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Book Review: MOJO by Marshall Goldsmith

Timing is everything. This book has come in handy in many ways. Have you ever started to read a book and slowed down  to do what was asked of you in the book? MOJO How to Get It, How to Keep It, How to Get It Back If You Lose It by Marshall Goldsmith (affiliate link) is one of those books for me. Let’s set a bit of the background as to why. For those that are frequent  readers of you know that I retired back in January. After spending 28.5 years with my employer, I felt that it was time for me to do something different. Reading MOJO really hit home for me. I really could relate to ever section, chapter, case studies and exercise within the book.

Your mojo is described that inner spirit or drive we have to do what we do best starting from the inside and expressing that outward.  I think this is because I actually really love the concept of mojo and internal motivation that drives us to excel. For me, I really did pause and answer the questions about me. Goldsmith’s keys in the book are identity, achievement, reputation and acceptance. Starting with identity, there is a very tough question to answer, “Who do you think you are?” For me, pausing there definitely was a sole searching adventure. I had plenty to think about (past, present and future). When it comes to achievement, you are asking, “what have you done lately?” Really focusing in those things that made you most excited internally. The third element is reputation. It is that all important question of “what do others think you are?” All to easy to really give yourself what you “think” people think of you. What is really in their heads? The last element is acceptance. It really centers on what change you change and what is beyond your control. Questions that you must be completely honest with yourself. Took me sometime to ground myself, but afterwards I was moving full steam ahead.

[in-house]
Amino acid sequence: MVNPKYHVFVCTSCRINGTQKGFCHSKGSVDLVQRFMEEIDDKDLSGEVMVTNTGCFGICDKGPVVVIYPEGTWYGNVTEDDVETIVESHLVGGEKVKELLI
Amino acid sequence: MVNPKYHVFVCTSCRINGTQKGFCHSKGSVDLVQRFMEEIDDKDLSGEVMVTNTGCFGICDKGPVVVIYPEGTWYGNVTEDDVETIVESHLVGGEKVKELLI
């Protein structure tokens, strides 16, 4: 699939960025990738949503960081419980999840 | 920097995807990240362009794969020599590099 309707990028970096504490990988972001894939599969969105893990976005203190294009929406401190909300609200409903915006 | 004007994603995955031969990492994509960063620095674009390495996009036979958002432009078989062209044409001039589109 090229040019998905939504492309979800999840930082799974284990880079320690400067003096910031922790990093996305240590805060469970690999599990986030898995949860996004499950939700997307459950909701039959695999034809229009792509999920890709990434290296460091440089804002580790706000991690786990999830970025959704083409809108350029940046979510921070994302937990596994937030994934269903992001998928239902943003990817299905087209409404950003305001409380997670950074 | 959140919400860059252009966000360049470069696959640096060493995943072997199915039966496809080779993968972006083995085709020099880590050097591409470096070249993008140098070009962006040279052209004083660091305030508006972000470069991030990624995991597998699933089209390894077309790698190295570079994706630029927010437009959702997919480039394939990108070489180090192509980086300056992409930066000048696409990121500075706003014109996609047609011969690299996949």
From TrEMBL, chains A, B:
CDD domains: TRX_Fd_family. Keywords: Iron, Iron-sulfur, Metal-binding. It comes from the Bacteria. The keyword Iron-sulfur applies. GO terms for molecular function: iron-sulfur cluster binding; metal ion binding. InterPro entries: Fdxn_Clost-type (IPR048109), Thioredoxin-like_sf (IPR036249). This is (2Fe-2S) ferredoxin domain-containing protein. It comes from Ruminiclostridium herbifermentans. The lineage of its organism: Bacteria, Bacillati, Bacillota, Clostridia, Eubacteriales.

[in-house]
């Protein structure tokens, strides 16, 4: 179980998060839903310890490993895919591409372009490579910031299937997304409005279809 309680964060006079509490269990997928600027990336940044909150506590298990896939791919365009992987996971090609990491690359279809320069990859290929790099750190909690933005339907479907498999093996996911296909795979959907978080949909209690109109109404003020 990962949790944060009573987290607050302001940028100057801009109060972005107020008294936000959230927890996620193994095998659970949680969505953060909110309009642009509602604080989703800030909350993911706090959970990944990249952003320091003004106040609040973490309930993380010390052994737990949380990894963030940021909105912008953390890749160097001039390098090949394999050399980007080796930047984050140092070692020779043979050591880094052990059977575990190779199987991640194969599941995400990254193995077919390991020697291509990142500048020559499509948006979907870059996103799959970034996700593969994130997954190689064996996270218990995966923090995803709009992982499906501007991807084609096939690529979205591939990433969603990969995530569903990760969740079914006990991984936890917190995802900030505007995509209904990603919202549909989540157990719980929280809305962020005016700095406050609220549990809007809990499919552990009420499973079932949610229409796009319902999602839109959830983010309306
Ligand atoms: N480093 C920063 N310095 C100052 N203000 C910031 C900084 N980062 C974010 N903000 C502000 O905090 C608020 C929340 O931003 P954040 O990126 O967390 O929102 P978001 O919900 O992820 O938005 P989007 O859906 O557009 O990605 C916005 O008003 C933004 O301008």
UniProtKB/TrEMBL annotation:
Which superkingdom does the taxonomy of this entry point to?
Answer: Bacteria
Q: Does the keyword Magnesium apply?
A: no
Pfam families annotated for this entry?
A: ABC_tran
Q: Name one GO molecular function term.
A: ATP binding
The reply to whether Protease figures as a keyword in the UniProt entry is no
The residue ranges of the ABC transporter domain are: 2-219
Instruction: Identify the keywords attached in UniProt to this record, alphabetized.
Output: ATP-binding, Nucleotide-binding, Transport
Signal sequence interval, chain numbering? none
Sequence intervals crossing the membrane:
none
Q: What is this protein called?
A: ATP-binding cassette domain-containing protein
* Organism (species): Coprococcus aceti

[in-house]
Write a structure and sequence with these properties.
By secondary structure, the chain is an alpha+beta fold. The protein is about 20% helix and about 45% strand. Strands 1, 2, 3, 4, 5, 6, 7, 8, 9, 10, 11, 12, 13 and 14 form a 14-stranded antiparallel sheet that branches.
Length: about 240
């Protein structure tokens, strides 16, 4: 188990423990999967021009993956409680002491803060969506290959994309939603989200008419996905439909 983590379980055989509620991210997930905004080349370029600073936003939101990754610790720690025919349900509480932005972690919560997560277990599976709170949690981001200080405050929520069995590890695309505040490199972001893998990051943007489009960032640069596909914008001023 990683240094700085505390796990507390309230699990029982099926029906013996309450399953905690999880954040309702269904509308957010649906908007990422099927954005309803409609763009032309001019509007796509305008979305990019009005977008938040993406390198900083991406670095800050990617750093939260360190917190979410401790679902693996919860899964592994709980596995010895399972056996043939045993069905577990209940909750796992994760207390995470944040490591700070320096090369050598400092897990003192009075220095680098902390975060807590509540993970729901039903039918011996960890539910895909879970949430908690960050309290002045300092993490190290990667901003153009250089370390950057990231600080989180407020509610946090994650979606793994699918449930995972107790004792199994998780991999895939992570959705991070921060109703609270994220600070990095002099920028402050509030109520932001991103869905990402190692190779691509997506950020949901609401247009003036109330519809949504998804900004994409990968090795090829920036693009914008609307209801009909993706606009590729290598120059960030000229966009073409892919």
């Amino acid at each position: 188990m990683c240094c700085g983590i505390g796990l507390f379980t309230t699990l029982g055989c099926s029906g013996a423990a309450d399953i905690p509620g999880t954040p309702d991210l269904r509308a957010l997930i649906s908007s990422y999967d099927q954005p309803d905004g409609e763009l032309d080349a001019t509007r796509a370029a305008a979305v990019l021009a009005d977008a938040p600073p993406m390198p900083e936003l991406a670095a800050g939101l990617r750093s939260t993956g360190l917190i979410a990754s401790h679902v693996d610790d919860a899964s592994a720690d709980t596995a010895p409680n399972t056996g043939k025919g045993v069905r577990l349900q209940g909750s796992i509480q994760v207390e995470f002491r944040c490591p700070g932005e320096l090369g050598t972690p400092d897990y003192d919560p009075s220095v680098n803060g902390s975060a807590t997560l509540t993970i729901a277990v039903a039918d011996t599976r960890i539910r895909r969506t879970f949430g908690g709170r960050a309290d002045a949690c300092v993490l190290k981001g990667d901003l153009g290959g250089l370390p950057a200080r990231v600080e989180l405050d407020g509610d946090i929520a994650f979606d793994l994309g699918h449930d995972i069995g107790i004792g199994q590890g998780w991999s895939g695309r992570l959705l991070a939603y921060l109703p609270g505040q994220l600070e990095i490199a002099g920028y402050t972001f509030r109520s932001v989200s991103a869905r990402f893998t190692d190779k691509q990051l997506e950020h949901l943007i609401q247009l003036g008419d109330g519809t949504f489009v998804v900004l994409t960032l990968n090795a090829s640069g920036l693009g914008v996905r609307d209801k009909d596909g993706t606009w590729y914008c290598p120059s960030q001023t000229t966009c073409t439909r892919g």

There is an excellent section on maintaining your mojo and being consistent with yourself and others to ensure nothing prevents your mojo and he explores 10 reason you can quickly lose your mojo which are particularly useful to avoid.  Goldsmith  covers through repeated example a concept of “change it” or “change you” which is really saying that you must decide to change something about your situation to move towards more mojo or you have to change yourself to have different motivators or expectations.  And finally in the book, mojo is explored by using a technique of framing it and naming it.  If you recognize bad habits that kill mojo and give them a name to remind you of that, you can use that name yourself or teach others to use that name to help point that behavior out when it occurs and snap you out of a situation killing mojo.  The section on the tools is particularly helpful for you to really step through the process. Like I said earlier, I paused a great deal during my reading of the book to work on my mojo as it goes with the book. I probably just need to reread the book for enjoyment.

Overall, I really enjoyed reading the book. I felt it was something that I needed for myself at this particular time in my life. I need to get my mojo back… I know of a few of my ex-coworkers that could use this book as well. I already have purchased another book for someone that is about to retire as well. This was a help to me, maybe it can be a help to him.

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